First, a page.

I also read How to Talk to a Widower. I will not bother reviewing it because it is very much like This is Where I Leave You. I will say, Widower was every bit as good as This is Where I Leave You. Though it was similar so I wouldn't recommend reading them back to back. It would be a shame to get burned out on this author.

Book 19. Every Last One: A Novel

Man, this is tragic. I am so far behind in writing the reviews that I think I am going to have to scrap some of the books I've read and just move on. The bad thing is that I know I am well over 20 but some of those I read so stinking long ago I just can't remember much about them. This book, by Anna Quindlen is one of those. I think I read it in May. I remember buying it on the Kindle late one afternoon and starting it with a beer. I finished a six pack and finished the book. I was sobbing. It was a disaster. I went into it knowing that some life altering tragedy was looming but I never imagined how huge the tragedy would actually be. Thus the sobbing.

Ok so here is the deal (forgive me if this starts to read like the Amazon blurb, I had to go back and read it for a bit of a refresher), The Latham's are your average family living in your average town. Mary Beth is the Mother and she runs a landscaping business more as hobby and out of enjoyment than as a necessity. She has a husband whom she loves and to whom she has been married for several years. They have 3 children, Ruby, and twins Max and Alex. The first half of the book focuses on their mundane run of the mill family problems. Odd as it may sound, it was written so well that I just kind of fell into Mary Beth's frame of mind. Ruby breaks up with her boyfriend Kirenan and he goes all teenage angsty weird. Since the children are all close in age Kirenan sticks around as a friend to the twin brothers. His oddball behaviour is overshadowed by the depression of one of the twins. One brother is the outgoing jock the other is the nerdy introvert. Mary Beth gets caught up in Max's (I think that was the introvert kid) problems and is determined to help him. Just when things start to come together, BOOM the middle of the book happens. The last half deals with the aftermath and the picking up of the pieces.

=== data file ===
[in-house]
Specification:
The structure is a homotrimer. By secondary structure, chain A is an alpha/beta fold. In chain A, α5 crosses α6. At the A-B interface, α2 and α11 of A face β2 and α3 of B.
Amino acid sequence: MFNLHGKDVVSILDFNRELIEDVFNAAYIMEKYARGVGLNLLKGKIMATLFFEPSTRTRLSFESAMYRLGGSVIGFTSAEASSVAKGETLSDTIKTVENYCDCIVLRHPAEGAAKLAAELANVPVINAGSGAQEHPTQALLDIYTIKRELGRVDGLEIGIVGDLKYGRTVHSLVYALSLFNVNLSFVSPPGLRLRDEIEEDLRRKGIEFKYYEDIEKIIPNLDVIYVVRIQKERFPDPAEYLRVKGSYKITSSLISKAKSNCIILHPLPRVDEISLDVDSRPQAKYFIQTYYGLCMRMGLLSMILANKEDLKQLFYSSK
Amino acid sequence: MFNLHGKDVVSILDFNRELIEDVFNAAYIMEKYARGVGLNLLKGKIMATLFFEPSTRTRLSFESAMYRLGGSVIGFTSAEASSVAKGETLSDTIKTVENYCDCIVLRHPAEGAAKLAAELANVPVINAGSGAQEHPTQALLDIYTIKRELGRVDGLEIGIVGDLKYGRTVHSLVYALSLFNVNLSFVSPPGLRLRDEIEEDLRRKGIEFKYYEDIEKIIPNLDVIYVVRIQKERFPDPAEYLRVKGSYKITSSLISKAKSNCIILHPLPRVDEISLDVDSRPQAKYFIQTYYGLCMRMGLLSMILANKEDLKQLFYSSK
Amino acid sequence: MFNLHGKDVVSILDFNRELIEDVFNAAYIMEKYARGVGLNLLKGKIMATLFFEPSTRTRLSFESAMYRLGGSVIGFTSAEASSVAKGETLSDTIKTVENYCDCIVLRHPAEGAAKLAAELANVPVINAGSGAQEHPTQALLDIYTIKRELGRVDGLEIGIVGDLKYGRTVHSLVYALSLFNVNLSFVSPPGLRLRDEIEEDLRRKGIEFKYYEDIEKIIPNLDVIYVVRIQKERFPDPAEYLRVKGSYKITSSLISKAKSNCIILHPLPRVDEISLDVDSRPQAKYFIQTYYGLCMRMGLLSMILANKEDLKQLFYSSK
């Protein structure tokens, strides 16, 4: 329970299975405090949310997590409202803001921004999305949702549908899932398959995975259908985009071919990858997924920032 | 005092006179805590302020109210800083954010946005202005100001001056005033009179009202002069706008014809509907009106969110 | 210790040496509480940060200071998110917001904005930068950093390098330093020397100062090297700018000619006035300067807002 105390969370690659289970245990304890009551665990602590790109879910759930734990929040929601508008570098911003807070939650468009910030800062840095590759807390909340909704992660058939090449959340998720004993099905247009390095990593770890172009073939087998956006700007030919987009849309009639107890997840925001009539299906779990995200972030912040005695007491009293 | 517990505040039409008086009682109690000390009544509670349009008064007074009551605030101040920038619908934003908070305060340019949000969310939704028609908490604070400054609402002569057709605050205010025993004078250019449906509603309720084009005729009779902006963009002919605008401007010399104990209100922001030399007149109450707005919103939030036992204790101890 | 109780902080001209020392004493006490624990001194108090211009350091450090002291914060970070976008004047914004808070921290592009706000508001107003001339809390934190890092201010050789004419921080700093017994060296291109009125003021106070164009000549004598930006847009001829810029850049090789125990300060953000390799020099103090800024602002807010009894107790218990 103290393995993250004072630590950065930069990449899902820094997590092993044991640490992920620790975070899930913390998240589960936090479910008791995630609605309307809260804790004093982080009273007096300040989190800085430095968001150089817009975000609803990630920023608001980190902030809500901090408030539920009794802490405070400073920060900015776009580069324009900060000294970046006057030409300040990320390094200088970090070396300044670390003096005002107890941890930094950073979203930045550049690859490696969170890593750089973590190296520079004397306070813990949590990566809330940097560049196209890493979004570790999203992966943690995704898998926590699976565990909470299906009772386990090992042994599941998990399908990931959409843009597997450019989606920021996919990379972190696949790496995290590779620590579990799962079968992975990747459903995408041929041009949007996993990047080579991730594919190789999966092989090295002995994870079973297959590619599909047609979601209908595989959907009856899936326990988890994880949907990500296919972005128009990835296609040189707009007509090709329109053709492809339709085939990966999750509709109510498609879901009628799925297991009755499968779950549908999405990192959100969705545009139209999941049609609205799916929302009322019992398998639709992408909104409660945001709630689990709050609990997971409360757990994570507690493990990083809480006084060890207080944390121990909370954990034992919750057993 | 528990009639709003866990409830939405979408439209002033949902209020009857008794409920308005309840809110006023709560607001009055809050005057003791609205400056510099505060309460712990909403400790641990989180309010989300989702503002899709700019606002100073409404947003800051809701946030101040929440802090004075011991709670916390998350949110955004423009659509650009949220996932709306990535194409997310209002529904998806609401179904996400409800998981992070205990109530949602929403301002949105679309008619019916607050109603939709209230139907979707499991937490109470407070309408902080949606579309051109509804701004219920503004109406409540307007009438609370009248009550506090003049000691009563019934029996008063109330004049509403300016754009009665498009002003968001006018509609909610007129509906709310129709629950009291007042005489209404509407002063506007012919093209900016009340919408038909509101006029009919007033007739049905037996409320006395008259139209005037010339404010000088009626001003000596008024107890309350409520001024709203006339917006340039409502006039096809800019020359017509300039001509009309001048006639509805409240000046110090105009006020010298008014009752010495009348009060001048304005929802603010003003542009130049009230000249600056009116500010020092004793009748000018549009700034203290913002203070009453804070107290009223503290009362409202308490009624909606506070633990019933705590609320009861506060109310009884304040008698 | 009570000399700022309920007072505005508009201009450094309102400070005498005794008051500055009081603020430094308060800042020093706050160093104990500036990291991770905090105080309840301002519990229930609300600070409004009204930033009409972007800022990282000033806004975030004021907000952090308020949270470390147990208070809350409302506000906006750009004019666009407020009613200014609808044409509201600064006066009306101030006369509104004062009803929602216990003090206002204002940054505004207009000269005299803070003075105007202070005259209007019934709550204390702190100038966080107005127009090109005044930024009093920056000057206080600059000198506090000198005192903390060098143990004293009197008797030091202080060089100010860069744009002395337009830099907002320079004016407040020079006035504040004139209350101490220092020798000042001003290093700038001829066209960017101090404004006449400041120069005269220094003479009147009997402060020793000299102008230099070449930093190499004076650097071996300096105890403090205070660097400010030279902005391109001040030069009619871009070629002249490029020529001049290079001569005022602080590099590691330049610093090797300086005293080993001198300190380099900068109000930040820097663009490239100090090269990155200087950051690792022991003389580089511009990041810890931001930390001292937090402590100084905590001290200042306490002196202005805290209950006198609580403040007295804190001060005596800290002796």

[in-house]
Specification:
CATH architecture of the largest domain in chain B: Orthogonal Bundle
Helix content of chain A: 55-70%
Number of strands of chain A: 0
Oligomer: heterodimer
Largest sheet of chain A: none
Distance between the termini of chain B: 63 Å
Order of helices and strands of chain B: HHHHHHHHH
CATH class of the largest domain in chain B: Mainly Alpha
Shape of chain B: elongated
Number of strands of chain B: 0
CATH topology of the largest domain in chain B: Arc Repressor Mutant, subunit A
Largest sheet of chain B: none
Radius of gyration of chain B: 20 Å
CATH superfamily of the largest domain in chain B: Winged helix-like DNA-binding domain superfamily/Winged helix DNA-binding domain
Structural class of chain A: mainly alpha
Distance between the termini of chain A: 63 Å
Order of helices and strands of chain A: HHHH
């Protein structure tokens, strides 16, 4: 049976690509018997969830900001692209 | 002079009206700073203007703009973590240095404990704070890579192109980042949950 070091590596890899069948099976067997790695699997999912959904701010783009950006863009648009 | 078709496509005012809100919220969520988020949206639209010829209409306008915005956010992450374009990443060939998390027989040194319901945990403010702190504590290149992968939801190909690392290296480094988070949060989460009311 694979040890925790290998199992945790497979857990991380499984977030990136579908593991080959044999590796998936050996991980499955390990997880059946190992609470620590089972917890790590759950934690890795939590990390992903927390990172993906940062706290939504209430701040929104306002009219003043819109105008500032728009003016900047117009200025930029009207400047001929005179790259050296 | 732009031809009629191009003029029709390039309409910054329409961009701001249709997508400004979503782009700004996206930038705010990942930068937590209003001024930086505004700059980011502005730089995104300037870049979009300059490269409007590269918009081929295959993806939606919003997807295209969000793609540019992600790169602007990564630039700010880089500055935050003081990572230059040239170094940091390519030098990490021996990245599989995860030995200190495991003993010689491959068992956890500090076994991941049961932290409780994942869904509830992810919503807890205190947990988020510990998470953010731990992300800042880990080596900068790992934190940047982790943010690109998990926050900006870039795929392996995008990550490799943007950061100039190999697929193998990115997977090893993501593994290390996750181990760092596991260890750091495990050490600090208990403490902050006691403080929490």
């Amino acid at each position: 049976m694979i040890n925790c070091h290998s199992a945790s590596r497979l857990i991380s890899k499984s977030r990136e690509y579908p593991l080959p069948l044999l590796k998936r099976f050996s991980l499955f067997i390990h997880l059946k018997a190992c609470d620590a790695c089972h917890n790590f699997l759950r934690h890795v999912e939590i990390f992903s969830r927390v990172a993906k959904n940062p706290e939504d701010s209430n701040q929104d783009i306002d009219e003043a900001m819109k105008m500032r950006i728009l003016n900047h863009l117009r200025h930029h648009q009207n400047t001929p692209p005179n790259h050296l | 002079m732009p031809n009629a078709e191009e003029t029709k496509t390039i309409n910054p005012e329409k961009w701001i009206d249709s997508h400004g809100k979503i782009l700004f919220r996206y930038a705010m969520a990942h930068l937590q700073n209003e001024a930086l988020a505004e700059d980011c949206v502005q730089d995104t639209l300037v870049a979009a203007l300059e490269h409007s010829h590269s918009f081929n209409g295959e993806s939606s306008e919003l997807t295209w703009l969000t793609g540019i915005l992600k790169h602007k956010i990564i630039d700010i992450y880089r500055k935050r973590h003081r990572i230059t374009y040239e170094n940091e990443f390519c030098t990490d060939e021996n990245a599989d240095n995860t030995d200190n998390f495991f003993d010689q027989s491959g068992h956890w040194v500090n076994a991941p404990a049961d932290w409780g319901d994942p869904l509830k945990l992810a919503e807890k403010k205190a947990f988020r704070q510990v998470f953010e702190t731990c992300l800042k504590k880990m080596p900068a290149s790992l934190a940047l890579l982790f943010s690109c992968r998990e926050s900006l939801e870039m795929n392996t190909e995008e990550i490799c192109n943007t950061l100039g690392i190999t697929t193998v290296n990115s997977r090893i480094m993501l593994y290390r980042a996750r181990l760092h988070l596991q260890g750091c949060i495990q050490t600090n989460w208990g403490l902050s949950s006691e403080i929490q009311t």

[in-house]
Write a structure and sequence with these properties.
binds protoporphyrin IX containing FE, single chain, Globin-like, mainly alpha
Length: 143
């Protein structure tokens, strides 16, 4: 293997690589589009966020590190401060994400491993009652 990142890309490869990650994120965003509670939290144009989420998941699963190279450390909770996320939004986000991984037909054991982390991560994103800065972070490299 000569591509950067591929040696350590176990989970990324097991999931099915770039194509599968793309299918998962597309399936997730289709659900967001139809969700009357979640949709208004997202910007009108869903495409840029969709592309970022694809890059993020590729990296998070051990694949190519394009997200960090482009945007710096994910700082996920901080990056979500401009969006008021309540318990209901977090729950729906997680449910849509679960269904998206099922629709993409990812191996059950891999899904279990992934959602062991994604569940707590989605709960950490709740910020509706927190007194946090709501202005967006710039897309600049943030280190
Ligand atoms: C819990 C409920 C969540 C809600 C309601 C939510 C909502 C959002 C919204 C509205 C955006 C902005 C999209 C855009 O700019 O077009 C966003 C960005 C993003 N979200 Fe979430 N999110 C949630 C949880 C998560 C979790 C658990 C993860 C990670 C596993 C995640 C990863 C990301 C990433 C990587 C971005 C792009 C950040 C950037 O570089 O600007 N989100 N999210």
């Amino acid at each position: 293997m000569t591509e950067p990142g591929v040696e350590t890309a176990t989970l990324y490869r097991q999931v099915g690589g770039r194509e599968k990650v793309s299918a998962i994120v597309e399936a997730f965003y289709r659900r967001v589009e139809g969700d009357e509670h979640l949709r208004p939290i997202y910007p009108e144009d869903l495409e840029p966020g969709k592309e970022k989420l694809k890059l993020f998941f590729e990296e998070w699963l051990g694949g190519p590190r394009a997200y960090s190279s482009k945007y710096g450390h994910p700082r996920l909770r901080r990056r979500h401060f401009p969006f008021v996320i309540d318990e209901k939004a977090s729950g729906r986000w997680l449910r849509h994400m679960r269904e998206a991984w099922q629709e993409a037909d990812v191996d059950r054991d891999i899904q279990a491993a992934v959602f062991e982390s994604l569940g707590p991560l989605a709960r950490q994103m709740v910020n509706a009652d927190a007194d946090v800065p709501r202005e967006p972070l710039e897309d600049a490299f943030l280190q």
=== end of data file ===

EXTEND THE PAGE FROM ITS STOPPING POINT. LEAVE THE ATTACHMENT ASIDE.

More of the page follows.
Honestly, I don't know if it was the beer or the phase of the moon but this book really hit me. It was a good story and it had a twist I simply didn't see coming. Well, I knew what was coming, I just did not imagine the extent. Never mind, I don't want to give up too much.

This author reeled me in with well rounded characters, a bit of mystery, and quick paced story. If you are in the mood for a bit of girly read, a bit of beach book, and a bit of tear jerker, then this it. I'd say thumbs up. I would read Quindlen again, but I am not clamoring to get to the Kindle page to snap up another of her works. Does that make sense?